In its effort to intensify the fight against misinformation and deepen its support for fact-checking communities, technology company Google has added an image fact-checking feature to its Fact Check Explorer service.
“The upgrade aims to further empower internet users seeking to combat the very real danger of fake news on the internet,” Google said in a statement.
Initially only available for text searches, Fact Check Explorer’s new image search feature addresses the challenges faced by fact checkers when verifying images. Fake or manipulated images are a persistent threat, especially in the Philippines where 51% of the population find it difficult to distinguish false information. Journalists, researchers, academics, and even concerned netizens can now simply upload or share the link of an image to determine if it has been previously fact-checked.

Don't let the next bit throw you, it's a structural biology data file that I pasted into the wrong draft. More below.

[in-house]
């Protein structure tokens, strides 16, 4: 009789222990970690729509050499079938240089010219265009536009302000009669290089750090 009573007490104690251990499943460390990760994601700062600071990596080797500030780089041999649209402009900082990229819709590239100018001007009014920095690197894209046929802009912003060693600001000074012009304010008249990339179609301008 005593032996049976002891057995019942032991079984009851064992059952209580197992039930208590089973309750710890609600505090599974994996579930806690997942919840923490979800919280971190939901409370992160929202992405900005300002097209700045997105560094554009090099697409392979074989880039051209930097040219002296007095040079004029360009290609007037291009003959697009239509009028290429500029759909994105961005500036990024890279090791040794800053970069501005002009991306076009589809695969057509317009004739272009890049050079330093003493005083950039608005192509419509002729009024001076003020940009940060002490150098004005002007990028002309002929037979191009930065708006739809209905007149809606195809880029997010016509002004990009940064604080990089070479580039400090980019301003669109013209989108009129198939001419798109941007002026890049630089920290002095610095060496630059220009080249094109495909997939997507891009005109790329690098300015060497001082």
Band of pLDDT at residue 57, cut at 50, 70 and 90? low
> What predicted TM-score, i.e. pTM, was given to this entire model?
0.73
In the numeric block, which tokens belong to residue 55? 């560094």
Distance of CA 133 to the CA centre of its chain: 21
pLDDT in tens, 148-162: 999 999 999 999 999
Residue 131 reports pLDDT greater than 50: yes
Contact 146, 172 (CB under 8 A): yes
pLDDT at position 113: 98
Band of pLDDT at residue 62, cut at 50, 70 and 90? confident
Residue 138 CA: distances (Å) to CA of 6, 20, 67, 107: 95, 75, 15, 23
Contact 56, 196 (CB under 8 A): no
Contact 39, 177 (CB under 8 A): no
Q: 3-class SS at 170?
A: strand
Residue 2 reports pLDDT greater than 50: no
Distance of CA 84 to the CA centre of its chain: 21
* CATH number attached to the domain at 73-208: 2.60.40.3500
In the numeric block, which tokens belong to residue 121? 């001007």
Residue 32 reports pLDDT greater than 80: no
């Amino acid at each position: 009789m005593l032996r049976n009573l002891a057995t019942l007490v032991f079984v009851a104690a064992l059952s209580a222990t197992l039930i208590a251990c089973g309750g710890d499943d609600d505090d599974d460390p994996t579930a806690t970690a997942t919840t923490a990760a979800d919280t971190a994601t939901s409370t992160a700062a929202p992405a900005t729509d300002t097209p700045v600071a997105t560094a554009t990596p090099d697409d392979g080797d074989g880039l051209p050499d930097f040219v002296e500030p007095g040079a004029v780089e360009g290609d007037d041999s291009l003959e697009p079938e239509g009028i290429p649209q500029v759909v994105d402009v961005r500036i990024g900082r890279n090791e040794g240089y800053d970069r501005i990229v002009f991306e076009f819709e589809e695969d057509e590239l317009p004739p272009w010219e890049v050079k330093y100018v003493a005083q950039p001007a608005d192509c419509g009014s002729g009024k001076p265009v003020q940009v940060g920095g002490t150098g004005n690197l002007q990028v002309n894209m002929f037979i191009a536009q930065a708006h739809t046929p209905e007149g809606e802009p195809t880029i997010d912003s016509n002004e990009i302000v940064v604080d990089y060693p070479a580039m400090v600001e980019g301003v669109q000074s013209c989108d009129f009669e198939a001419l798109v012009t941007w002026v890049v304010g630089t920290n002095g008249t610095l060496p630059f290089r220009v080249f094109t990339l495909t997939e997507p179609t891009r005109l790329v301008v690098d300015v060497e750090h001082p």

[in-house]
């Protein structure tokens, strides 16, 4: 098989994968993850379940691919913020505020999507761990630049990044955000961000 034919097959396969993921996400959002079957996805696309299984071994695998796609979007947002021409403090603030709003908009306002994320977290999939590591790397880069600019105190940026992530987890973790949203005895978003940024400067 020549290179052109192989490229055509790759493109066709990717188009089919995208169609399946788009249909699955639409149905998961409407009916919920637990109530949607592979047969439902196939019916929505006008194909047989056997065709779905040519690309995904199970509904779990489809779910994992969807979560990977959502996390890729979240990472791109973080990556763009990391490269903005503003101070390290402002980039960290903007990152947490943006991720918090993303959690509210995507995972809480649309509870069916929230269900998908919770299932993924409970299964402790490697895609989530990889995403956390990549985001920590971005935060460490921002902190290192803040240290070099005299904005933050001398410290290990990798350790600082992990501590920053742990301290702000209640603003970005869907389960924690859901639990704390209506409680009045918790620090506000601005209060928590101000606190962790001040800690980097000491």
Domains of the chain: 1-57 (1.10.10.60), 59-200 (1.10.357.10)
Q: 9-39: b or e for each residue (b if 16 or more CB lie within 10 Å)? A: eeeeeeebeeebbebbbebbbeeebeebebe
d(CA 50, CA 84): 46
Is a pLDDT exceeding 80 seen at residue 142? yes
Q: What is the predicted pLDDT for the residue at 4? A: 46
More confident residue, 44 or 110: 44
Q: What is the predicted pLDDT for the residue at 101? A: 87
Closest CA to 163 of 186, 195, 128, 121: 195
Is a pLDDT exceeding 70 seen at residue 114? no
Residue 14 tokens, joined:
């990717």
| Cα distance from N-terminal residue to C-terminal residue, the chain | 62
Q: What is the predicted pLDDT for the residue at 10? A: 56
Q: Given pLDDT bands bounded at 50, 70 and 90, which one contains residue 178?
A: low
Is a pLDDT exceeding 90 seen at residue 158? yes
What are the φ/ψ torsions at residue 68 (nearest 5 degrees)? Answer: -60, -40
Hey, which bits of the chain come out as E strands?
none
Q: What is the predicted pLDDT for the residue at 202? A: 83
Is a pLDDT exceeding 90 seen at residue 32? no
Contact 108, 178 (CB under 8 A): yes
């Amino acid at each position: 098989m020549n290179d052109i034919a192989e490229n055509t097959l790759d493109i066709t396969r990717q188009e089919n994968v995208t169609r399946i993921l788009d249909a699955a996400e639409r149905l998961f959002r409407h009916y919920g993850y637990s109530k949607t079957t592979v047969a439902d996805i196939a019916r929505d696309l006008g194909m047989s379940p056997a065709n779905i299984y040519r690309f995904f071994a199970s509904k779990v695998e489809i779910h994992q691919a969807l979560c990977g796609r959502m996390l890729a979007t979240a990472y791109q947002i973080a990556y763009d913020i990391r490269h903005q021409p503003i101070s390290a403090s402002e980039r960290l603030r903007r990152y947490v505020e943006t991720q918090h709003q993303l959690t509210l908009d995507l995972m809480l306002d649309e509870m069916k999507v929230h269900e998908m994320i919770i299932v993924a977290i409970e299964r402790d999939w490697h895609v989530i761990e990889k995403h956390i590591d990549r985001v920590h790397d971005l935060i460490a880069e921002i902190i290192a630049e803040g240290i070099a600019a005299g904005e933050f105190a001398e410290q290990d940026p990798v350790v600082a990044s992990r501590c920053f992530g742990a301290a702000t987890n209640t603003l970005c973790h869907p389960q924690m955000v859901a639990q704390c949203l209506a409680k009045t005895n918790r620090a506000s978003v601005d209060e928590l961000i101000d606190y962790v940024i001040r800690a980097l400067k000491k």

Fact Check Explorer
Currently in a global beta version, the new search feature enables fact checkers to understand the timeline and context of an image. This updated capability allows researchers to track when an image was first indexed by Google and its subsequent usage over time. By providing valuable insights into an image’s history, this feature empowers fact-checkers to assess the accuracy of images and their context to effectively combat harmful misinformation.
Fact Check Explorer is one of Google’s latest initiatives to combat fake news online. In addition to this, Google and YouTube announced a $13.2-million grant to the International Fact-Checking Network to establish the Global Fact Check Fund, which aims to support fact-checking organizations worldwide. Anyone can now use the Fact Check Explorer and look up the latest verifications by going here.